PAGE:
On the other hand, commentators interpreted as reassuring the statement that the UK rejects the idea of a “predetermined course” in its relationship with China. Furthermore, the Refresh was balanced by James Cleverly’s speech.
The secretary of state admitted that “we can expect profound disagreements”, and that China was ruled through “ruthless authoritarian tradition”. Yet, in a powerful line, he demanded “a recognition of the depth and complexity of Chinese history and civilisation, and therefore, by extension, of our own policy”, while rejecting “inevitability”.
Cleverly’s speech appeared more aligned to that of Prime Minister Rishi Sunak, who argued that while "the so-called 'golden era' is over" the UK should not “rely on simplistic Cold War rhetoric”. The country “cannot simply ignore China’s significance in world affairs”, Sunak wrote.
Washington will have had a direct scrutiny of and input into the Refresh, while this could have not happened for Cleverly’s speech.
US-UK alignment on China?
The language used in the Refresh represents an escalation in the British narrative of UK-China relations. Instead, Cleverly’s speech came across as a mix of deterrence and appeasement.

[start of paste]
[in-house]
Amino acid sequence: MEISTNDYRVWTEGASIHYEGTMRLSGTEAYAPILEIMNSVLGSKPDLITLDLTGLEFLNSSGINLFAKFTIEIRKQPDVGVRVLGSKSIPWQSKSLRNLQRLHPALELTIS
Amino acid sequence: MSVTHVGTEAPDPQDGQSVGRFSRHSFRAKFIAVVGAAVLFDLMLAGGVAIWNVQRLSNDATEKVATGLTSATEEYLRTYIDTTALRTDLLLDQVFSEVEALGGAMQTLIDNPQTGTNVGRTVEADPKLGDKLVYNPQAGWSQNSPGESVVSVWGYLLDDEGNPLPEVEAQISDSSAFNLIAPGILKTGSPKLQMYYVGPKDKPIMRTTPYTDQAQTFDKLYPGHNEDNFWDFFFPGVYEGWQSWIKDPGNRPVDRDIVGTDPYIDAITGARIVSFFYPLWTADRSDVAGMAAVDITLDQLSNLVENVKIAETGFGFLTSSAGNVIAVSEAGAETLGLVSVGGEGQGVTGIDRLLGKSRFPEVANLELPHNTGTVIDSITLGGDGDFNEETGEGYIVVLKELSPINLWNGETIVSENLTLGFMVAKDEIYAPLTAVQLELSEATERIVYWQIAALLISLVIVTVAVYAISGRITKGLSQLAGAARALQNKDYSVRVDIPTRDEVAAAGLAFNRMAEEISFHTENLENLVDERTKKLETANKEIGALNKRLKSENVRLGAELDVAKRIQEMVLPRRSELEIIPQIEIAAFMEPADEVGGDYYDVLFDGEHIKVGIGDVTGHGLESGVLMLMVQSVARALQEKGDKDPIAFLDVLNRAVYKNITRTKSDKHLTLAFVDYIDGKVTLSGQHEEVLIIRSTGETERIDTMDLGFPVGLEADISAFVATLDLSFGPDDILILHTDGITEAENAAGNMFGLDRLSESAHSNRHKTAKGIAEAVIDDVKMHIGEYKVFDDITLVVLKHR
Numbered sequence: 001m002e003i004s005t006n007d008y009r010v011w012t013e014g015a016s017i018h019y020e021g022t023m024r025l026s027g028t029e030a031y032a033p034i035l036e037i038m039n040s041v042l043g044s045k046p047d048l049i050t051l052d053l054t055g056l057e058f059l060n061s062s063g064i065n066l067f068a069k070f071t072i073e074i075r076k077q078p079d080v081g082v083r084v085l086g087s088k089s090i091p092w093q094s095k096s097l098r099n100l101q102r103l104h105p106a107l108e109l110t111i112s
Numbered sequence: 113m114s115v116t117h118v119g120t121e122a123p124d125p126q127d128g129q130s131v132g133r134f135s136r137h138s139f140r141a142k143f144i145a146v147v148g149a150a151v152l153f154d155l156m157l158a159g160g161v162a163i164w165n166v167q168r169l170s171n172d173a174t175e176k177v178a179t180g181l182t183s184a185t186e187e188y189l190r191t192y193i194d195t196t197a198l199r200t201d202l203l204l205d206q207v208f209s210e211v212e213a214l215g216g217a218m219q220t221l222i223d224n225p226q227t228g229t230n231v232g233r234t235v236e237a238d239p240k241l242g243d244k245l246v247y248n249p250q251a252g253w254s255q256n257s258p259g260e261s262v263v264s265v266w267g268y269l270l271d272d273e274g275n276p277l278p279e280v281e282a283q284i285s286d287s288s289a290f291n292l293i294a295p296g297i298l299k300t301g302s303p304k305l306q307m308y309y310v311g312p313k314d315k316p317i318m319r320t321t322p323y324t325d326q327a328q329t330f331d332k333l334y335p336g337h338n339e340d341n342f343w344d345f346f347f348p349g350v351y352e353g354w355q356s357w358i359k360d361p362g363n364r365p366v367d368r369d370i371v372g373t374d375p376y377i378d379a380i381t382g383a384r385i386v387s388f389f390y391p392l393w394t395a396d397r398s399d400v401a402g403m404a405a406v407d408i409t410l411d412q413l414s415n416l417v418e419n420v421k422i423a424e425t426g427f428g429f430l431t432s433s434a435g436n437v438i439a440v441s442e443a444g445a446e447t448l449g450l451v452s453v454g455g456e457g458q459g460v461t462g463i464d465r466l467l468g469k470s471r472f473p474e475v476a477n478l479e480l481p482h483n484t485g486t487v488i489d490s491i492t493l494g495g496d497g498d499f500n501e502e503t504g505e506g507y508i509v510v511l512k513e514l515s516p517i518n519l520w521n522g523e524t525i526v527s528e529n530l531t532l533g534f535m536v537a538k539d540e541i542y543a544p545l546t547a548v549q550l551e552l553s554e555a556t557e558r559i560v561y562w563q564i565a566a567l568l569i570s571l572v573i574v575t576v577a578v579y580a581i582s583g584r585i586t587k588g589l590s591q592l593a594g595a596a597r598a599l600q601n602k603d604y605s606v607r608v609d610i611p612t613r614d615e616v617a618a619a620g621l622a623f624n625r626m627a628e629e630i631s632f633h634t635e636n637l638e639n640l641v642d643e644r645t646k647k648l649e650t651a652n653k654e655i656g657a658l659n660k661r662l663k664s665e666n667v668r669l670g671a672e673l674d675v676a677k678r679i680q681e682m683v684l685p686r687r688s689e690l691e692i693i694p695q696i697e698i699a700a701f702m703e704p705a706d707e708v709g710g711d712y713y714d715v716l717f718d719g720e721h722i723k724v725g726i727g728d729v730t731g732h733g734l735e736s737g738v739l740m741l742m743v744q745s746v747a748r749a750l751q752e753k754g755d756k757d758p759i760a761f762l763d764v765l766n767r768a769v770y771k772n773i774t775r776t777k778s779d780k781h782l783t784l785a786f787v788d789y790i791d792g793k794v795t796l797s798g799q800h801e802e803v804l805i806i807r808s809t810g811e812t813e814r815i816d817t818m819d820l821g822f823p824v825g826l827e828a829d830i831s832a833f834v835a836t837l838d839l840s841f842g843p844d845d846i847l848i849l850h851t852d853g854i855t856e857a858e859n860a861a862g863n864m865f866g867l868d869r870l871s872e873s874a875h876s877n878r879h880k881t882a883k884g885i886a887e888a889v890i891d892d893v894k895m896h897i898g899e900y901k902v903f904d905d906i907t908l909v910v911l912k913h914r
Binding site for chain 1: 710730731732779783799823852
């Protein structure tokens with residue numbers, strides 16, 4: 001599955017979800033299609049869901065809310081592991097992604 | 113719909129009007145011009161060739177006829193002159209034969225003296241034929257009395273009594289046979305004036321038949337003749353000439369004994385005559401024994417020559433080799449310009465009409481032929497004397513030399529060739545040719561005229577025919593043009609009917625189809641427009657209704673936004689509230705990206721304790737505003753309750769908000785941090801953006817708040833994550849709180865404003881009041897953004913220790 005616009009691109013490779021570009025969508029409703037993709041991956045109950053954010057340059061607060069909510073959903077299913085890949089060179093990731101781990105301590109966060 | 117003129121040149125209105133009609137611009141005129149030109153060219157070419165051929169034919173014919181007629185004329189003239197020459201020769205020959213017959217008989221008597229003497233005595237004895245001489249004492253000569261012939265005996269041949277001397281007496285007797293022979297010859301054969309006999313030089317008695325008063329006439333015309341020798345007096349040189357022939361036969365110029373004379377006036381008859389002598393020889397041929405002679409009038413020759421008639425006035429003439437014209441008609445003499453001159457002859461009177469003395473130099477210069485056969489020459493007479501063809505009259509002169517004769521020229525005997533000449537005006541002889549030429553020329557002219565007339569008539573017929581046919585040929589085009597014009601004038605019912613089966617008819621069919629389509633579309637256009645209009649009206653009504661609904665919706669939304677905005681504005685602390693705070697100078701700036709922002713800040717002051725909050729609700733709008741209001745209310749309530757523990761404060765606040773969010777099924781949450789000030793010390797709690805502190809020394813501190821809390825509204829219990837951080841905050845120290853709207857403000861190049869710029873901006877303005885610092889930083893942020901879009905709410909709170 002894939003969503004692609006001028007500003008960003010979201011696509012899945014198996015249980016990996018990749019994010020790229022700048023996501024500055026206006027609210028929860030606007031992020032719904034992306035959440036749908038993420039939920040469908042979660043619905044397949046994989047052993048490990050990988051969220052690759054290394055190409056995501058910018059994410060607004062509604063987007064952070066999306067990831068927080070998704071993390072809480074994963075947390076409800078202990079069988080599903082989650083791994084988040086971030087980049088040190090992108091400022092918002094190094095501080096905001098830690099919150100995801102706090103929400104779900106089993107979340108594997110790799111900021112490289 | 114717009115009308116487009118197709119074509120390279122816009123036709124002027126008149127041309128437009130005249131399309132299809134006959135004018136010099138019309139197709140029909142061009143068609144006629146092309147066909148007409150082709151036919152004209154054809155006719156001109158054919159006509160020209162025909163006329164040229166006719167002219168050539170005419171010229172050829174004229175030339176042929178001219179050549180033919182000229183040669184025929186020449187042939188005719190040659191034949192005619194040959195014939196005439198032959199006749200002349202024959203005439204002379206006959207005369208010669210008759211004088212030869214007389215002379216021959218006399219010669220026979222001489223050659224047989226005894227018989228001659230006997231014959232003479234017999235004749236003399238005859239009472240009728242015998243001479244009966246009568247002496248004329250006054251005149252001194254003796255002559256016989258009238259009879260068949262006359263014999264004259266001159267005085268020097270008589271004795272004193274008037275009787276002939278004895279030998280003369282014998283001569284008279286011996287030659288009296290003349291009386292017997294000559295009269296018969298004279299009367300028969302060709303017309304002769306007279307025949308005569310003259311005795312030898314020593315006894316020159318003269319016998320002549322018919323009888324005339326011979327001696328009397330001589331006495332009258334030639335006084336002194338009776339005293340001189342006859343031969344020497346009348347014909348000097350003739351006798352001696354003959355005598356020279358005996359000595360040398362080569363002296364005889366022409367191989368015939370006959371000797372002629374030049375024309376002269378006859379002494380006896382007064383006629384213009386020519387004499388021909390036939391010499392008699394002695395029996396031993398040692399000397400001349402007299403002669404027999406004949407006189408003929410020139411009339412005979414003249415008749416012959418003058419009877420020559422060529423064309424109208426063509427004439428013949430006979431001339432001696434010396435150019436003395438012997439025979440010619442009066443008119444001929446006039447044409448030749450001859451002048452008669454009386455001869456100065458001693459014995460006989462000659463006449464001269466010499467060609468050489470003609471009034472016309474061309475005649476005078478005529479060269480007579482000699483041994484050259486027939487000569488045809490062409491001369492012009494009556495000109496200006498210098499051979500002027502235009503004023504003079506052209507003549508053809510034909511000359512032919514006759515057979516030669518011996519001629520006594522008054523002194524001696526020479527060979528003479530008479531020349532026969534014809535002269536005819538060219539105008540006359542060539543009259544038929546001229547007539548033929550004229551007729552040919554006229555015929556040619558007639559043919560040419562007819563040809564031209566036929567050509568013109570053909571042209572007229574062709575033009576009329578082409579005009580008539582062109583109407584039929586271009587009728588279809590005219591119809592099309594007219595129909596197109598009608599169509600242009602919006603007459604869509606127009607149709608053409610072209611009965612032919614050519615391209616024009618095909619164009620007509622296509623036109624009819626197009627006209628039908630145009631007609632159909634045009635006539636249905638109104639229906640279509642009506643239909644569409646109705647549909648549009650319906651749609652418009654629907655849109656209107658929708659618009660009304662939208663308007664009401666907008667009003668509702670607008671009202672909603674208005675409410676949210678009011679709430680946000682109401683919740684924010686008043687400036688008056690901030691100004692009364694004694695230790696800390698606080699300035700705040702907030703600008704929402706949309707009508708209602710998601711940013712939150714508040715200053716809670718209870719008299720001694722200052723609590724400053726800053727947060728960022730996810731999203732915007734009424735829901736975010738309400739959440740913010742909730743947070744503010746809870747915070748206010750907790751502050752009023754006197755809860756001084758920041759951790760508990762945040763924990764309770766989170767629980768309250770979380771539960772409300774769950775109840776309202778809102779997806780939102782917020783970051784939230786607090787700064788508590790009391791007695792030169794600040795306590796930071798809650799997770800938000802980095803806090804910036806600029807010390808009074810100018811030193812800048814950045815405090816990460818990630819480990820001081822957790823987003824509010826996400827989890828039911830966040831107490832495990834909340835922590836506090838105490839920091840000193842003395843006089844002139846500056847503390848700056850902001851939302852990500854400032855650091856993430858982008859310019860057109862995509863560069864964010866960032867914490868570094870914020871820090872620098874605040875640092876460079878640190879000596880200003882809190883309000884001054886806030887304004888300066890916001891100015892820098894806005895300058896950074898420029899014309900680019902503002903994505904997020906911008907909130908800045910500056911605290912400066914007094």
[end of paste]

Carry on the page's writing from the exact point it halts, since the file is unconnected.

To make sense of the gap between these statements, one has to call into question the special relationship with the US. Firstly, Washington will have had a direct scrutiny of and input into the Refresh, while this could have not happened for Cleverly’s speech. Secondly, the Refresh is an official document, and it cannot go off script, that is, against the special relationship, while for a speech to be labelled as policy, it would have to be part of a much longer pattern of high profile, public interventions.
Therefore, the UK, to maintain a fundamentally unaltered economic relationship with China, has used the Refresh to signal to its allies where it stands, and Cleverly’s or others’ speeches to soften that rhetoric. A similar dynamic could be seen when the Integrated Review 2021 was published, and shortly after PM Boris Johnson stated that the UK does not want a Cold War with China.
While the Integrated Review matters more than a single speech, these contradictions flag that the UK might not be ready to be on board with the US, when it comes to China.
For instance, of the two scenarios between the US and China developed by Deloitte, it is possible that the UK will be open to a strategic competition scenario, where only selected strategic technologies will be affected, rather than a scenario of decoupling, where a reduction of interdependence will happen across the full industrial spectrum.